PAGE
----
There comes a time in every person's life when they must choose whether to be social or not. This used to mean going to a school disco, or asking someone out or chatting up a stranger. Then the computer overlords took over, and the term “social” gained a whole new meaning.
Being social became all about whether you had embraced email, instant messaging, commenting on blogs – and of course most importantly, the social networks themselves. These have evolved considerably over the years, and there are now a number which are definitely worth joining. Consider signing up for the eight services we mention here – if you haven’t already, that is…
First called a micro-blogging service, sometimes even thought of as the "SMS of the Internet," Twitter has evolved into much more than either of those. It's more like a never-ending conversation between a couple of hundred million users, all in 140-character long bite-sized chunks.
What do we need to say about Facebook that hasn't been said? If you're not one of the billion plus people using it across the globe, you probably don't have that many friends. (Or you don't have a computer or smartphone, and probably aren't even reading this).
Maybe not a network in and of itself, Quora the “online knowledge market” is a like a niche network for know-it-alls. It also happens to play nicely with the big names like Facebook and Twitter. When you sign up, you're asked to follow certain topics, making you instantly privy to some of the thousands of aggregated question topics that have multiple answers – some collaborated on, some voted for, and almost all by vetted members with the credentials to reply. Ask your own question and Quora works to anticipate your needs. Then you can follow the people who have the answers, social network style.
This one falls under the moniker of "social cataloguing" according to Wikipedia. Goodreads is all about the books – you list what you own and have read, and your friends do the same. You can even scan them in via barcode using your iPhone. From there, you get and give recommendations, talk about the tomes, and overall feel like you've joined the world's biggest online book club.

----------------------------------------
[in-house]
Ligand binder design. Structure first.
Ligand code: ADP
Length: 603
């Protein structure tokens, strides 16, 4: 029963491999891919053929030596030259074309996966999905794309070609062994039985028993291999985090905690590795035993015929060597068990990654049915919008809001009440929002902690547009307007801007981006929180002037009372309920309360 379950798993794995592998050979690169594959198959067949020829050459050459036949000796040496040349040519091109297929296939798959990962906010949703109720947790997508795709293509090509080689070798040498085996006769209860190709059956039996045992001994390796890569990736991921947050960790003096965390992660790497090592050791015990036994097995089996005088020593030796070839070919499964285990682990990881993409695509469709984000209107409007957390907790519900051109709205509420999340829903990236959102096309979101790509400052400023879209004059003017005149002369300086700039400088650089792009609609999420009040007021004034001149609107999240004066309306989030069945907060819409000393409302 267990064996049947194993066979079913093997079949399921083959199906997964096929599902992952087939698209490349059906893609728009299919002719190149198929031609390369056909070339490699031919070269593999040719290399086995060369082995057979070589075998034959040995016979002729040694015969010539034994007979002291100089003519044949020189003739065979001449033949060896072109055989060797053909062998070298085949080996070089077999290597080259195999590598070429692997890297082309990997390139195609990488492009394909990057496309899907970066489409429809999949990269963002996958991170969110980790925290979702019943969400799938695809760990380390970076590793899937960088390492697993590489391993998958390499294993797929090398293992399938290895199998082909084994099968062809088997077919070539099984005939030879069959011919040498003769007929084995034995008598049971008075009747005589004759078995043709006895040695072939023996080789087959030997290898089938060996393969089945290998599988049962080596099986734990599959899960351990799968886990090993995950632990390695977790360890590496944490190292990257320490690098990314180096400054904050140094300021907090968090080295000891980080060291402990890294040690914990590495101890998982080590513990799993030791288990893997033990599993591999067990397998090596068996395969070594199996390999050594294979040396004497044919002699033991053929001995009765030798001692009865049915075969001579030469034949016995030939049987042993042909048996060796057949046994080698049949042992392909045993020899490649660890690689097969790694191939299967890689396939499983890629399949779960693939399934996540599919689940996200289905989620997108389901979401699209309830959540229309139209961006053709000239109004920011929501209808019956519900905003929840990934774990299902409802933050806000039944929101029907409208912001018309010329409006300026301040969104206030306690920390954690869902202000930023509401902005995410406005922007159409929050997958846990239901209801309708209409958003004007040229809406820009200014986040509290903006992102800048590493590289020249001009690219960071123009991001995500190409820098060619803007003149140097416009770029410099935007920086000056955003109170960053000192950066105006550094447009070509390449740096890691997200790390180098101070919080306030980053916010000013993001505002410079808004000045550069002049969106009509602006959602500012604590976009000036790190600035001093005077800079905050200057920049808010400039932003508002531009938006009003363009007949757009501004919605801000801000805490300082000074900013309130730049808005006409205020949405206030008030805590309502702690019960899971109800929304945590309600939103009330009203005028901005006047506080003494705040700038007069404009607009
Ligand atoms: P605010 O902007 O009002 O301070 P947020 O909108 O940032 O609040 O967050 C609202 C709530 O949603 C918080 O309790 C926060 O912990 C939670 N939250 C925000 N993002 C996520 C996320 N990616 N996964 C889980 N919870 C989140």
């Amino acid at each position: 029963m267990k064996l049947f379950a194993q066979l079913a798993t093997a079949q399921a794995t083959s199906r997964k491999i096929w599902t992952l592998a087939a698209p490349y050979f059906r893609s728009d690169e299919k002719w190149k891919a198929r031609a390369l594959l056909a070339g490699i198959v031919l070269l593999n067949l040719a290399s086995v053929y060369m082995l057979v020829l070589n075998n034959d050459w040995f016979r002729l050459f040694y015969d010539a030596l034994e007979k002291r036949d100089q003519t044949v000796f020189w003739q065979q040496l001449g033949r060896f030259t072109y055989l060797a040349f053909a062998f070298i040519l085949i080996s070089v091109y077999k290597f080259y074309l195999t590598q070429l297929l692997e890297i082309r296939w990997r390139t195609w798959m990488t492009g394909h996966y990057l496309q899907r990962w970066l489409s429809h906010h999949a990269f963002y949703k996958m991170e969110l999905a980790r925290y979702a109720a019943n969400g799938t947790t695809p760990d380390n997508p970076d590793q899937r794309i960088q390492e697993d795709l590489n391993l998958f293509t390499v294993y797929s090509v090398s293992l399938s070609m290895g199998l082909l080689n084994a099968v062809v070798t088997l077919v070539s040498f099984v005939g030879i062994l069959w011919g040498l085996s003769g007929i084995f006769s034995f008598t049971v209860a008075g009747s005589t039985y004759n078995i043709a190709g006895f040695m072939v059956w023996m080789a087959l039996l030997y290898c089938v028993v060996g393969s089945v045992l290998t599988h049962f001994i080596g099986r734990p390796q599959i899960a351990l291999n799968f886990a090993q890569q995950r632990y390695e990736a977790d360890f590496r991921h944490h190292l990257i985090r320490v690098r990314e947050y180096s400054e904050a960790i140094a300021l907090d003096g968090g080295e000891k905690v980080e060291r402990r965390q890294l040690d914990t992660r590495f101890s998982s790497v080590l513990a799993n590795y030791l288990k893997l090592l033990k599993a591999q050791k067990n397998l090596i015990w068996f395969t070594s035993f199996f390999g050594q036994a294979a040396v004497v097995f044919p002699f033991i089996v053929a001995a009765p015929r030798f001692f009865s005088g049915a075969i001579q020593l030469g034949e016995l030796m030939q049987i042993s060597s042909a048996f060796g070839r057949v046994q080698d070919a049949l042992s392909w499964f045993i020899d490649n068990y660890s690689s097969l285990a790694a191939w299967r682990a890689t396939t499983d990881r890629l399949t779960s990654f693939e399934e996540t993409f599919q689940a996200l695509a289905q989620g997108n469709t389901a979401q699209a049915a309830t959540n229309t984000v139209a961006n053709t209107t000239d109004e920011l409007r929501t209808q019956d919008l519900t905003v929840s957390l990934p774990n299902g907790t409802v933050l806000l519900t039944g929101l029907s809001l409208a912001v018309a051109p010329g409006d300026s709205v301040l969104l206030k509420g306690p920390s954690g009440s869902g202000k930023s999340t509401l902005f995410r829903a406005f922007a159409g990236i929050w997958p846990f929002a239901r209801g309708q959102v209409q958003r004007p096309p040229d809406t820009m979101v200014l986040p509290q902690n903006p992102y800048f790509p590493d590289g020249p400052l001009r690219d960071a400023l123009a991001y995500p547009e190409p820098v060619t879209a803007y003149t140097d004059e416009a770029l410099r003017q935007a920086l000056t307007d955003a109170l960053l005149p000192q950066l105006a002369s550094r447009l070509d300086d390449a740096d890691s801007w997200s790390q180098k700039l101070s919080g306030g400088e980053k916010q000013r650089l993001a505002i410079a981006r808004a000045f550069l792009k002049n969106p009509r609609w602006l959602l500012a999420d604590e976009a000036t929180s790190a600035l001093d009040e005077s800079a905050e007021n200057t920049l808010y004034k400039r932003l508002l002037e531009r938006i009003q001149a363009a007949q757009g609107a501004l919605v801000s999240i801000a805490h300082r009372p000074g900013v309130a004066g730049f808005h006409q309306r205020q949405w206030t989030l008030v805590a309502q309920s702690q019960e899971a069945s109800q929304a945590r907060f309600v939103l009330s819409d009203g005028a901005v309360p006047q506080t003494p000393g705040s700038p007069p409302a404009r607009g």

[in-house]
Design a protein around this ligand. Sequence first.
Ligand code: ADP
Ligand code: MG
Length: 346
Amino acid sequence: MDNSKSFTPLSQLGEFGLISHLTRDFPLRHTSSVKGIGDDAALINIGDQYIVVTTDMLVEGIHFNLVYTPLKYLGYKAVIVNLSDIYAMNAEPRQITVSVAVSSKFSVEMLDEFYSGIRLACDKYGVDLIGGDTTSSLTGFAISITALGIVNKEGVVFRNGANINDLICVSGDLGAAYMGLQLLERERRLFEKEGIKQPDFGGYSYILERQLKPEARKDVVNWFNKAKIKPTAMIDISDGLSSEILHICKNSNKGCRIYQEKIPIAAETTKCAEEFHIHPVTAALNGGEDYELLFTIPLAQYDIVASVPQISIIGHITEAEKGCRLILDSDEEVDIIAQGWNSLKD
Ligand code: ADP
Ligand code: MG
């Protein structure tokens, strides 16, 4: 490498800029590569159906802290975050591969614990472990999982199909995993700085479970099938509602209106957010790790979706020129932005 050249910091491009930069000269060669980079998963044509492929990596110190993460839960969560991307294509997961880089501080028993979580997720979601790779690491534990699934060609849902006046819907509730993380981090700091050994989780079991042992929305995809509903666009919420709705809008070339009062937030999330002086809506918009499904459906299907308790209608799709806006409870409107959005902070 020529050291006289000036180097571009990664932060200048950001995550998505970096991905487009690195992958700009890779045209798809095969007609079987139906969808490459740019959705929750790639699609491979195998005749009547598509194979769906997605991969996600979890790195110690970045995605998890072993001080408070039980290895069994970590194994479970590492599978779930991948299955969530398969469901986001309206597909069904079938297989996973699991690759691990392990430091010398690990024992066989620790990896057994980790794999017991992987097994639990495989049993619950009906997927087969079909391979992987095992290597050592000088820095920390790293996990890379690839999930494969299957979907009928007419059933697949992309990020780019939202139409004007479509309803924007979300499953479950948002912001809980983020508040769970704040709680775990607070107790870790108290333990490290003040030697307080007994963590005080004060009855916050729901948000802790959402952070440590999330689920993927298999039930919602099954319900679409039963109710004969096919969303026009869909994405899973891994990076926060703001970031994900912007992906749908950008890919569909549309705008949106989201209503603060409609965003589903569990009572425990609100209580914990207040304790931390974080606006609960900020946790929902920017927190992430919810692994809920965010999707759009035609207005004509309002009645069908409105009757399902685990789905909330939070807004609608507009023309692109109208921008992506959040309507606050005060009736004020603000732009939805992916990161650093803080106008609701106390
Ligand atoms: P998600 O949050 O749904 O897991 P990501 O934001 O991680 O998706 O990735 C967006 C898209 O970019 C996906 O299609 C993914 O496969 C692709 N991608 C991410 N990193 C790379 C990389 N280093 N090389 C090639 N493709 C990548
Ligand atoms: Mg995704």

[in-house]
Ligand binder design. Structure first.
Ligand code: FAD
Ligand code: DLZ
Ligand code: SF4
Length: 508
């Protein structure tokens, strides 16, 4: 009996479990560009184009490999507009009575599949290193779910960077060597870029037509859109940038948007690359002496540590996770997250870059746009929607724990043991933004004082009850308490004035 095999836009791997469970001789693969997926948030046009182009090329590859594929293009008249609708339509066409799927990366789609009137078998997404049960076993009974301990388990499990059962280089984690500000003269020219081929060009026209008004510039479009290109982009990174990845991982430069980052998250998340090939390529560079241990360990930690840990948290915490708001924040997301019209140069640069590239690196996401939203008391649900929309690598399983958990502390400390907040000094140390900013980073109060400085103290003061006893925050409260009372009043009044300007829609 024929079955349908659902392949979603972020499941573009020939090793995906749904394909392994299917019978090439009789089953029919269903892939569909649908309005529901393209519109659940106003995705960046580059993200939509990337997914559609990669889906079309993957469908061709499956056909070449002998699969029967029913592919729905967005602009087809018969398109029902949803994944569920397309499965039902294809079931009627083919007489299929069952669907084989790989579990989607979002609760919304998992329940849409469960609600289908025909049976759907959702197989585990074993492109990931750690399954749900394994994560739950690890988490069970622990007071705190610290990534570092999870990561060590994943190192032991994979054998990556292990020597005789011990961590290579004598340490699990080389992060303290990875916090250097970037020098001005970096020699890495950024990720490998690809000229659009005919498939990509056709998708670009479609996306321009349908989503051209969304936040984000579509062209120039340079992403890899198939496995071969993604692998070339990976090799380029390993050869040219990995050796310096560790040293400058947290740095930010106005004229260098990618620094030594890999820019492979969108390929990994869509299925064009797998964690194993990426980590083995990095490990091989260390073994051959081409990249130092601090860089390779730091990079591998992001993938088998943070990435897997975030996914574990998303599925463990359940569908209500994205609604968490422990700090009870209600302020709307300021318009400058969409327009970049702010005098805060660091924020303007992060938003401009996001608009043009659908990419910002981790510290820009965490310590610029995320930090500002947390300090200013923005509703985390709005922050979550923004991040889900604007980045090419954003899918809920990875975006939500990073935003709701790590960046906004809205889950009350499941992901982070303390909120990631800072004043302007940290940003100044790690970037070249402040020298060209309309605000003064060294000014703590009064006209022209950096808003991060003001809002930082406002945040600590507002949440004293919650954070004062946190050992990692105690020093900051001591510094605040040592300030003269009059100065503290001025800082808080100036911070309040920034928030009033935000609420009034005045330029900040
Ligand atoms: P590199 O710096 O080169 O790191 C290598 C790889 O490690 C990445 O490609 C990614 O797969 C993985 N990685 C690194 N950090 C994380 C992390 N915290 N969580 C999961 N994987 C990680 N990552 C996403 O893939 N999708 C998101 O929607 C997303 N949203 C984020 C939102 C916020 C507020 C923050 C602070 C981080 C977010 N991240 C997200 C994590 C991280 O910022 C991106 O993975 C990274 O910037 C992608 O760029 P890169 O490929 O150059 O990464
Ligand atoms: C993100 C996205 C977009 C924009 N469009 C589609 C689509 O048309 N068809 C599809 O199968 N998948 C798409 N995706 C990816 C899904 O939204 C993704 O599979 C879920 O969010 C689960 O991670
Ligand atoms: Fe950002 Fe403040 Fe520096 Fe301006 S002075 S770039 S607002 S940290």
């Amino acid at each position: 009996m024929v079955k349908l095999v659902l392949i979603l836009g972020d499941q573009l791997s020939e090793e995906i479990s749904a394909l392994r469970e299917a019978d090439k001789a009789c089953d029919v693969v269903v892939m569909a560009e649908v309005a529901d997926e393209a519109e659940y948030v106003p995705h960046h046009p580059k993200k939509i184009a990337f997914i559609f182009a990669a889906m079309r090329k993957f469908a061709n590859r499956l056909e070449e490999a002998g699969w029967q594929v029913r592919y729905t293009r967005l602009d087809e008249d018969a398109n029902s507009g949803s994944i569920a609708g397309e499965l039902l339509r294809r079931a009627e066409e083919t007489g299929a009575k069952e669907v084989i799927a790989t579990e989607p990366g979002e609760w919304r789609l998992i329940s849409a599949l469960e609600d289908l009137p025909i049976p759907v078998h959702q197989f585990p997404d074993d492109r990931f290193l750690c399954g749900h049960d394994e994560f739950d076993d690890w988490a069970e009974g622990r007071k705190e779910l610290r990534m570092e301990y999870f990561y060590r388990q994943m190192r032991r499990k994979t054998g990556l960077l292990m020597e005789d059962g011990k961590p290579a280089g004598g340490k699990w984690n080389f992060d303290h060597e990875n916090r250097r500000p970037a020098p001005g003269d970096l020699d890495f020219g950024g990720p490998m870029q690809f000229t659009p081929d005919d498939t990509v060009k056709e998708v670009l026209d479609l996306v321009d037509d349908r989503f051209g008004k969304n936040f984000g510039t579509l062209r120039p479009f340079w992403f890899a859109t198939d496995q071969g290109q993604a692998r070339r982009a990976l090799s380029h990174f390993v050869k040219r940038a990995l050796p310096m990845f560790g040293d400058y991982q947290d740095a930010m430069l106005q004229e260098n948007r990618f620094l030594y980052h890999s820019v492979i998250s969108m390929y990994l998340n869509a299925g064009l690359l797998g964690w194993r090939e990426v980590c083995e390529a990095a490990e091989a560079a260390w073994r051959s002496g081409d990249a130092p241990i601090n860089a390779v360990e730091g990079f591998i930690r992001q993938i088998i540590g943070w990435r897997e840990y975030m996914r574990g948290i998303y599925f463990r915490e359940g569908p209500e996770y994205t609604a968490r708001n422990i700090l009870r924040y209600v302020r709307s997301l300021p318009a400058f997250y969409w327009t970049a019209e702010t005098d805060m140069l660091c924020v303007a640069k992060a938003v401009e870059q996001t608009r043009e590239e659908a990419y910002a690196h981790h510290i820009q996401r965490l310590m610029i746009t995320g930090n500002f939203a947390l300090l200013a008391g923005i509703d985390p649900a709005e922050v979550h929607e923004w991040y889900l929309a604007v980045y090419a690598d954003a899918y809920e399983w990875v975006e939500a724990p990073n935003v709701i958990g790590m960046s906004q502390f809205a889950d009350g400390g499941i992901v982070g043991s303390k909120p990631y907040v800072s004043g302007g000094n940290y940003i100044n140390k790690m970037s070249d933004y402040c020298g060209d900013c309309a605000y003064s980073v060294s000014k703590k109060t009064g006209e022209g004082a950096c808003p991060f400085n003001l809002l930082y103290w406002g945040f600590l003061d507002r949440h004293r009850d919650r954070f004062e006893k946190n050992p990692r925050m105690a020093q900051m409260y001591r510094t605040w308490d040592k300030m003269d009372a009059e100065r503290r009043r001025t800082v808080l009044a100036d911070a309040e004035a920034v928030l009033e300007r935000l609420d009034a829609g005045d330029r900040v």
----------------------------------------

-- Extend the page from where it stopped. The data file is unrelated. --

While most people turn to Facebook, the pros turn to LinkedIn. Known as the place to go to network with co-workers and even potential bosses, LinkedIn stresses adult needs like job hunt networking, recommendations from colleagues, and naturally there's a front page of updates from all your connections (don't call them friends, even if they are).
If local businesses had their own social network, it would probably be Yelp. Okay, it is Yelp, but naturally it's driven by consumers. They do the hard work: Reviewing places to eat, shop, sleep, and play. If you narrow your search down geographically to where you live or visit, you'll soon see the best places those locations have to offer. Then you can offer your own take on them as well.
You can access most social networks from any device, even a desktop computer, but Foursquare is squarely mobile and meant for the smartphone. It lets you "check-in" to tell people where you are. You can use it to track where your friends are, and of course, you can attempt to become the “Mayor” of your more frequented stops with new badges and points each time you check-in.
You won't find a social network in and of itself at Ning – this is where people go to create private social networks. The service isn’t free, but you can have a two week trial before you buy. Plans start at £18 per month for 1000 members, rising to £75 per month for a 100,000-strong network. If you want a little Facebook-esque spot for your followers, customers, fans, or friends, Ning is the place to create your network.
If you enjoyed reading this article, you can find a comprehensive list of links on how to effectively use the various social media in our article on the social media conundrum.